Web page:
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Old March 29th, 2004, 02:31 PM   #438
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That's what I figured. During my brief period with the DVX, I felt the difference between it and film were not due to motion capture but just simply resolution, latitude and color. What's most impressive to me about the DVX100 is just how much better it's progressive mode looks than interlaced and how well it compares to HD progressive.

Juans experiment my really deliver the goods by leapfrogging the DV Codec.
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Old March 31st, 2004, 08:06 PM   #439
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Can you ruin the 24p effect?

Can you ruin the 24p motion blur effect by choosing a fast shutter speed like 1/200? I dont have the camera but I'm saving up. Hopefully I'll have it in May/June.
Anyway, what about a shutter speed of 1/24. I was messing with the camera at B&H and 1/24 looks VERY jittery. (A little less jittery through the monitor). Anyway, I read a 1/50 (off) or 1/60 is a good setting but what would you use 1/24 for?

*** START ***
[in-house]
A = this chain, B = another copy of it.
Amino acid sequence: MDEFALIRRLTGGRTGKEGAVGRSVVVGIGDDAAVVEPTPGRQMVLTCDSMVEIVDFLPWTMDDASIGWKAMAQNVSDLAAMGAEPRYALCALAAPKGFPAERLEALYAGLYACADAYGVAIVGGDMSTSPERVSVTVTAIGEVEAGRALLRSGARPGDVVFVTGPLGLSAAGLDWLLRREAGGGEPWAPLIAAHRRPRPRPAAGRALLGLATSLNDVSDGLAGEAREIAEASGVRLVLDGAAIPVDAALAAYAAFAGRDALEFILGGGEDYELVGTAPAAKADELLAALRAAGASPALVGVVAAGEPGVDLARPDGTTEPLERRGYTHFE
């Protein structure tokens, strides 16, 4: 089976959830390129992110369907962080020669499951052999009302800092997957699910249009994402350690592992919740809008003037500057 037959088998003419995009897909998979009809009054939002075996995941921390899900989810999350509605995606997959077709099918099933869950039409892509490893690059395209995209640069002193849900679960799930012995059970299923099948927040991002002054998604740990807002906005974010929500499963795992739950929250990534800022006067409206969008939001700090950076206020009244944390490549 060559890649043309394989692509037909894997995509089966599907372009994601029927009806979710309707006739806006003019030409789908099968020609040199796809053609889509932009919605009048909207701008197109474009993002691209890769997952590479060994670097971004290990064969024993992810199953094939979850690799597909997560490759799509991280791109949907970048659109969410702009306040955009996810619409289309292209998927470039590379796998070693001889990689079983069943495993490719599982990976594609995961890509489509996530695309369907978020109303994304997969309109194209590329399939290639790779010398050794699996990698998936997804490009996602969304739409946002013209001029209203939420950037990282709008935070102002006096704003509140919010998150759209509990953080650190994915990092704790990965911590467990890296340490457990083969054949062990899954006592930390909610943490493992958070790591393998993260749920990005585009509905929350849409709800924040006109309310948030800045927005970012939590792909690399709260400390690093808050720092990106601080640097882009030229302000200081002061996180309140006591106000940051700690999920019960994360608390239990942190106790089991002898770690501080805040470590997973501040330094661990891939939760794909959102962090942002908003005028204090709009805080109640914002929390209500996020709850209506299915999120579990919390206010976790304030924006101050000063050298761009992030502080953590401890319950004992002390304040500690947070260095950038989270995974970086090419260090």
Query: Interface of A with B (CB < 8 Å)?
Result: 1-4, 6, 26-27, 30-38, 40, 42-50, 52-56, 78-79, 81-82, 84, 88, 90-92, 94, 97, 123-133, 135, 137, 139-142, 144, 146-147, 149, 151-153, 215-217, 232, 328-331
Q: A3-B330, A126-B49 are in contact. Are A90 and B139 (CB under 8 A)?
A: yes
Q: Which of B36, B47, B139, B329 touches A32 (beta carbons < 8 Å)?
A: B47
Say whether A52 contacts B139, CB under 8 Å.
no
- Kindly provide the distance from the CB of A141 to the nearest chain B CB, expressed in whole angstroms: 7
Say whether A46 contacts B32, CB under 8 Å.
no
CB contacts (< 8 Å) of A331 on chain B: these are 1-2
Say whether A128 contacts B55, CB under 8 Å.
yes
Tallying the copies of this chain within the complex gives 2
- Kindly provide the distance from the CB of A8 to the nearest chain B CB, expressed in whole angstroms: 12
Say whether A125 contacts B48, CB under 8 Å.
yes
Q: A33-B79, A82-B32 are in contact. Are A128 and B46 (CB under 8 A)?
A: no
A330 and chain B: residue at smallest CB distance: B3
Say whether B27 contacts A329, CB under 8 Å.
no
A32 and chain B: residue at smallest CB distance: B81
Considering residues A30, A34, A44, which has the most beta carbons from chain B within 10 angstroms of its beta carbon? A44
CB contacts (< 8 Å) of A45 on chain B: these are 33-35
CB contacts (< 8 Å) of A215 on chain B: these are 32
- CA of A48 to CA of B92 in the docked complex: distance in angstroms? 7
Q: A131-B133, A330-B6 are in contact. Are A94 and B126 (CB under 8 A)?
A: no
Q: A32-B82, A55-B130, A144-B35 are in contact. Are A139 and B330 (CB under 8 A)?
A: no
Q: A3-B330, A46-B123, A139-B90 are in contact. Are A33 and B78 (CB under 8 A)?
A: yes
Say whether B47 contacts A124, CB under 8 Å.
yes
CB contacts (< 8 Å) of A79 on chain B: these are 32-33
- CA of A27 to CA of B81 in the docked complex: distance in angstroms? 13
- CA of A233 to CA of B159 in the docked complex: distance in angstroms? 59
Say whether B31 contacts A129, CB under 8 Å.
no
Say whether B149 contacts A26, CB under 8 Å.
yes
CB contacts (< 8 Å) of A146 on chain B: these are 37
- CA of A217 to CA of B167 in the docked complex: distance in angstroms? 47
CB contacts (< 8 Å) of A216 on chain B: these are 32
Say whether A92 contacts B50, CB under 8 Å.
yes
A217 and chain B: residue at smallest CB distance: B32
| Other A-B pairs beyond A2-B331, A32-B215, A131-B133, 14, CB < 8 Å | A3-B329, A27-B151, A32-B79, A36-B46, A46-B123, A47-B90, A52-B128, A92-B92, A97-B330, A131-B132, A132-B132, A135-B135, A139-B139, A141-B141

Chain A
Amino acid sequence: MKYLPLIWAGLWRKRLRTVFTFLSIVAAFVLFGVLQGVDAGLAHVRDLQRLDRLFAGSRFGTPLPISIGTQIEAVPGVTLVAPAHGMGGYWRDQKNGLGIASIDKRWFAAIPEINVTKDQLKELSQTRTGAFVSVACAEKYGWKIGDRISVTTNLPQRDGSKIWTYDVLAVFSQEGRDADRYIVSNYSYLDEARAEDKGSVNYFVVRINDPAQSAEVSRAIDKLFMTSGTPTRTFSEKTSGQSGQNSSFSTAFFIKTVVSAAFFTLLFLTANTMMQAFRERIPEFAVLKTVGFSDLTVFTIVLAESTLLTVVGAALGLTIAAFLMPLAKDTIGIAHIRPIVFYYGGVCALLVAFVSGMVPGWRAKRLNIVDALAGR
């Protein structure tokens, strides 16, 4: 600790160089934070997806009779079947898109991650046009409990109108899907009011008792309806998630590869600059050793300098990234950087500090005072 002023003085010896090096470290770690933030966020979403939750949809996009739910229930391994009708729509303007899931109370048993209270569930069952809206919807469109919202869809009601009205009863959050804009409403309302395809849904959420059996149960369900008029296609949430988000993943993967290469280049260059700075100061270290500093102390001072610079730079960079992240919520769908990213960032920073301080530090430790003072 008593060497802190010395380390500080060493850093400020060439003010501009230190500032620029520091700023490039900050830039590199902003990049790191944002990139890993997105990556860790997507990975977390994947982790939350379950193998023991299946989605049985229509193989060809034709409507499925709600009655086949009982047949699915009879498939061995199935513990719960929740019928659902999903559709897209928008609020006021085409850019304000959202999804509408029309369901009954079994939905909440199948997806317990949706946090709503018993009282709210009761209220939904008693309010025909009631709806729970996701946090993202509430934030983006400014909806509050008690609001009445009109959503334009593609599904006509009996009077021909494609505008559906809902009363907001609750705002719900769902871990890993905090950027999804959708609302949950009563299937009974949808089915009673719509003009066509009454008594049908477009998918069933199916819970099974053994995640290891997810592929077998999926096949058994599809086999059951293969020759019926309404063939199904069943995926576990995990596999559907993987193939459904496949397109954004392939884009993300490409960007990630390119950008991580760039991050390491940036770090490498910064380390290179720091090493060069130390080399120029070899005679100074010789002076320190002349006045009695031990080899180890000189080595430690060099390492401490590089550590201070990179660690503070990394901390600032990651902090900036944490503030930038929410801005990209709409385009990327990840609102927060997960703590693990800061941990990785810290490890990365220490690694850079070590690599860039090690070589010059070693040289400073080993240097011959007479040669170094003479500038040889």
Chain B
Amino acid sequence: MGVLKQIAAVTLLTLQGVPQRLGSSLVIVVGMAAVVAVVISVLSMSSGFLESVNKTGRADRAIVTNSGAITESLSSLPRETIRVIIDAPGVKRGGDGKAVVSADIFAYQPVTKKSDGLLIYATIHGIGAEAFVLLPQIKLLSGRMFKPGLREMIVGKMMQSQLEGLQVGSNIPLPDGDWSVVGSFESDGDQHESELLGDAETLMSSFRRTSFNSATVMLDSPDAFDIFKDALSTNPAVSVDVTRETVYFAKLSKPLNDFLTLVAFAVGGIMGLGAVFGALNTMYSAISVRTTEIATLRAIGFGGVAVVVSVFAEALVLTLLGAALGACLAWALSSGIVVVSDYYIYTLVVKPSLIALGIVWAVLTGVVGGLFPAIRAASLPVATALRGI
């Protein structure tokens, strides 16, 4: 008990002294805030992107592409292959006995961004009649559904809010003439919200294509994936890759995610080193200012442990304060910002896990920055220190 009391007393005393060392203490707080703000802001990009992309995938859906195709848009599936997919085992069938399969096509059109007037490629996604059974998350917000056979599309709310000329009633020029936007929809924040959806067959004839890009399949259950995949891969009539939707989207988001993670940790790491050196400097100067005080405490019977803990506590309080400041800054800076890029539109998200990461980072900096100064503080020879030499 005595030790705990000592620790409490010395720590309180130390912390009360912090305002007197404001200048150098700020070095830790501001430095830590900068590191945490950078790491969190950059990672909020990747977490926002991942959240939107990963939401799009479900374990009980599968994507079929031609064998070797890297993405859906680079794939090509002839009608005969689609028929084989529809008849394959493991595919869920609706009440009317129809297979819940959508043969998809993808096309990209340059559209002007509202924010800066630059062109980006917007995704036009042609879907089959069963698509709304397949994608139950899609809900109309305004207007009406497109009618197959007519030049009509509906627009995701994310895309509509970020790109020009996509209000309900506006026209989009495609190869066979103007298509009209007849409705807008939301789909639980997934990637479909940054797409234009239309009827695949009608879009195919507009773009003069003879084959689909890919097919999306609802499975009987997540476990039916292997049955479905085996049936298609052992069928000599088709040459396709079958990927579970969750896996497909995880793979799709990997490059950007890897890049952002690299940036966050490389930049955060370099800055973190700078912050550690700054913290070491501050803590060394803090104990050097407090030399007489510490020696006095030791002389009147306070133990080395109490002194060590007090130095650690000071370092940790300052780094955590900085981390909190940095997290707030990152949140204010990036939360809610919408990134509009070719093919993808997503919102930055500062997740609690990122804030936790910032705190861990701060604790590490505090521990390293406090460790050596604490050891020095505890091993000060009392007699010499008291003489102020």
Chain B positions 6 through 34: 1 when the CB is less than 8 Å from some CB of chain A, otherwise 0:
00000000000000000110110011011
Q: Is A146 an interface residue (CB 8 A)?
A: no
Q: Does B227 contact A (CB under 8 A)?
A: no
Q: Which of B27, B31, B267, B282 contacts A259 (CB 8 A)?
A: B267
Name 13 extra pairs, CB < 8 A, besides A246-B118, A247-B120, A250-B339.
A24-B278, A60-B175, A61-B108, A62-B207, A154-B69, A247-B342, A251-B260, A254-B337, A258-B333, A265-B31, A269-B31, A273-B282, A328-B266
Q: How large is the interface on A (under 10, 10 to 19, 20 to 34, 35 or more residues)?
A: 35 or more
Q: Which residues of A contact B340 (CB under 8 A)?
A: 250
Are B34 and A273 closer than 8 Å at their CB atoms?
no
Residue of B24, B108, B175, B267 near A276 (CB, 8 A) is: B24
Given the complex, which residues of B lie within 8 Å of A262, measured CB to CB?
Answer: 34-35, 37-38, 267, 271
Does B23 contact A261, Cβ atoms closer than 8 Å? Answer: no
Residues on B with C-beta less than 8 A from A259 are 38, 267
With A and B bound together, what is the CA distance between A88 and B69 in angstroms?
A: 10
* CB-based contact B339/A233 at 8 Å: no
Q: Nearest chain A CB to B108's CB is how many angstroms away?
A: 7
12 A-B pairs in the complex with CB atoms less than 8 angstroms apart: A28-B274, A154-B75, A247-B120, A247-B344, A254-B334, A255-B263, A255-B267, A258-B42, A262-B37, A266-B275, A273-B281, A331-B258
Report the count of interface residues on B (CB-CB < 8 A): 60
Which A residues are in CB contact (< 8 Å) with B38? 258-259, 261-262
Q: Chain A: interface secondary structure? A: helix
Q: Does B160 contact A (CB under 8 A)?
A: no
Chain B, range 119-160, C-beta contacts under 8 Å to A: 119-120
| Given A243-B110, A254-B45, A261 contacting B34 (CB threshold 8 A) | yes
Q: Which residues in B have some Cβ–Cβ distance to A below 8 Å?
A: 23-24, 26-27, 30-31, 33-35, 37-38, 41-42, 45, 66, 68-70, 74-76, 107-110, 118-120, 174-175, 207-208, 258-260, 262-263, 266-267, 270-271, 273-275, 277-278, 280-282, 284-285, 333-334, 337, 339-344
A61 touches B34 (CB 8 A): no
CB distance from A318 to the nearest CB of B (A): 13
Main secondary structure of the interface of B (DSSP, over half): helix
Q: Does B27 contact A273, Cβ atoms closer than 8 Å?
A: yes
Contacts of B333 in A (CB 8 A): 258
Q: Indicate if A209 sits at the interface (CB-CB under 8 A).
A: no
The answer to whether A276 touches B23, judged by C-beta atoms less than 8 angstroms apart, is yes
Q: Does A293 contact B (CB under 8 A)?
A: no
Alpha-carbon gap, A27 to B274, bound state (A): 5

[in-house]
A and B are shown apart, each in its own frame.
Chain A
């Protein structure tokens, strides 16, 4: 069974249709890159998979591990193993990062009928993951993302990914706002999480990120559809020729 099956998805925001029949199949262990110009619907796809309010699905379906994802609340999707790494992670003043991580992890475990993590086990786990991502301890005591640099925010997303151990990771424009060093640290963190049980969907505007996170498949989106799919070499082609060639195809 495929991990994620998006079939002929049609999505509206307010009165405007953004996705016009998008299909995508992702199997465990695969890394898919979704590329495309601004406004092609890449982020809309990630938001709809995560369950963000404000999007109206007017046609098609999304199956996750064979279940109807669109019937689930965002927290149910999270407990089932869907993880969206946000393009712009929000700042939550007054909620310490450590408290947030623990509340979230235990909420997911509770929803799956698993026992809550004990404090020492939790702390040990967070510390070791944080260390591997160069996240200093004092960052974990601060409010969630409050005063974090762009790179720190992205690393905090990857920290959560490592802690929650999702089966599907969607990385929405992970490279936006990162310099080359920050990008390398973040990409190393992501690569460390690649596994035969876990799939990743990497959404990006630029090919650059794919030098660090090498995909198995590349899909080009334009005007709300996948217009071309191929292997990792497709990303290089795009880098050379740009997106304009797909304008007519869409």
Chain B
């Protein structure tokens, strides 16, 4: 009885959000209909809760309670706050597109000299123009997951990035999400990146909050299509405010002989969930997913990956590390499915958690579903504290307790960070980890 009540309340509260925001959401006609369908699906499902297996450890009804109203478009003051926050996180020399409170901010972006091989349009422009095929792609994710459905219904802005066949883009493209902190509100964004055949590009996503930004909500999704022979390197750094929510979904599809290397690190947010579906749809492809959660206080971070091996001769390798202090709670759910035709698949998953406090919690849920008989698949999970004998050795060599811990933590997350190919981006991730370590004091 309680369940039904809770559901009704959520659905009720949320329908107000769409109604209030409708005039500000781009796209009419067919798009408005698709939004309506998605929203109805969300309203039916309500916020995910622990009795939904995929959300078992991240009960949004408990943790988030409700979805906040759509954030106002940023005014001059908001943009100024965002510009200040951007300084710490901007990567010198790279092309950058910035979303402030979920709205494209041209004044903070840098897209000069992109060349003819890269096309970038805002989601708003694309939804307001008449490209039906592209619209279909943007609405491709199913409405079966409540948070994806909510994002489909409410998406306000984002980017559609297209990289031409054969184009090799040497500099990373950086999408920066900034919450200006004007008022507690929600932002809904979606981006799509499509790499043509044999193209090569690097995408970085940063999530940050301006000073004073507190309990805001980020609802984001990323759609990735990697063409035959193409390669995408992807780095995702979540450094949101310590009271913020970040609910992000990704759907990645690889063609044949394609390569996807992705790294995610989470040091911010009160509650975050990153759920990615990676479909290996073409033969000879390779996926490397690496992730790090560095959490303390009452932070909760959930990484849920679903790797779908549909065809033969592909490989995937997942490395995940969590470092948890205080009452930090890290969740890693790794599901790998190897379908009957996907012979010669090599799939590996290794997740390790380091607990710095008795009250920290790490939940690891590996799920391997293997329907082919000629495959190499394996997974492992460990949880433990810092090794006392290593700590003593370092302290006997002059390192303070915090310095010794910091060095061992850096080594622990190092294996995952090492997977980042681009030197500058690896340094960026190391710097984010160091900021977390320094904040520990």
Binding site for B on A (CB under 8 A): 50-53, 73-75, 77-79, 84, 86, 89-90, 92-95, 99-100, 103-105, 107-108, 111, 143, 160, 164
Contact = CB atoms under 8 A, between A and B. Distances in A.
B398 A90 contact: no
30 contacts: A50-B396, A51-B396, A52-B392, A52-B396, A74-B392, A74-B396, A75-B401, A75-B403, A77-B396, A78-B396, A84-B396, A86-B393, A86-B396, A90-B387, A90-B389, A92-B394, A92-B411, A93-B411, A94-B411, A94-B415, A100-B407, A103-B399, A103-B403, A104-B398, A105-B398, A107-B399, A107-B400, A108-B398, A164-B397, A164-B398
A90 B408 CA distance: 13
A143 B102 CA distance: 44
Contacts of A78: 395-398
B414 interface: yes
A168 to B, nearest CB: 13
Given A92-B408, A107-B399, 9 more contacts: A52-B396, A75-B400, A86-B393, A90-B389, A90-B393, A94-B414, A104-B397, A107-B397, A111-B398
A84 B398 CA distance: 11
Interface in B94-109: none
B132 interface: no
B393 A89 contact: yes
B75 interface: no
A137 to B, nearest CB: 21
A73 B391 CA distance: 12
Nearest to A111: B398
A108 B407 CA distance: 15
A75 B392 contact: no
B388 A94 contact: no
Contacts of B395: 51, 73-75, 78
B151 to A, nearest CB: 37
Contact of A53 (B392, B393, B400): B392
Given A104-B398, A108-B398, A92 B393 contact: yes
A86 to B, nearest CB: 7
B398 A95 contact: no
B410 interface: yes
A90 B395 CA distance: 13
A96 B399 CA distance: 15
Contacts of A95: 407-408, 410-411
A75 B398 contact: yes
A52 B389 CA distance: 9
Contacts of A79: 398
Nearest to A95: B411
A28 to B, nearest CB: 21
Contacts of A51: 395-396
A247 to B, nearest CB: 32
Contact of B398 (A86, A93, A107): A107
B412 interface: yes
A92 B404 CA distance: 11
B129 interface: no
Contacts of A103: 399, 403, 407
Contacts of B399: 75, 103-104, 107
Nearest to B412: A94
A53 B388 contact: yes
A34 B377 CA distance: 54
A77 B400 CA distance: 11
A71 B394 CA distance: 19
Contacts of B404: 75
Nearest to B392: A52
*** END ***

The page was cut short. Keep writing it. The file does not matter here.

Sorry if it sounds like I dont know what I'm talking about.... frankly, it's cuz I don't. I'm new to this so I'm trying to learn.
Thanks everyone,
Paul
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Old April 1st, 2004, 12:40 AM   #440
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Shooting at 1/24 causes a lot of smearing but almost completely removes any trace of "jittering". Shooting at 1/200 would make the motion very choppy and "staccato" and would very much accentuate the strobiness.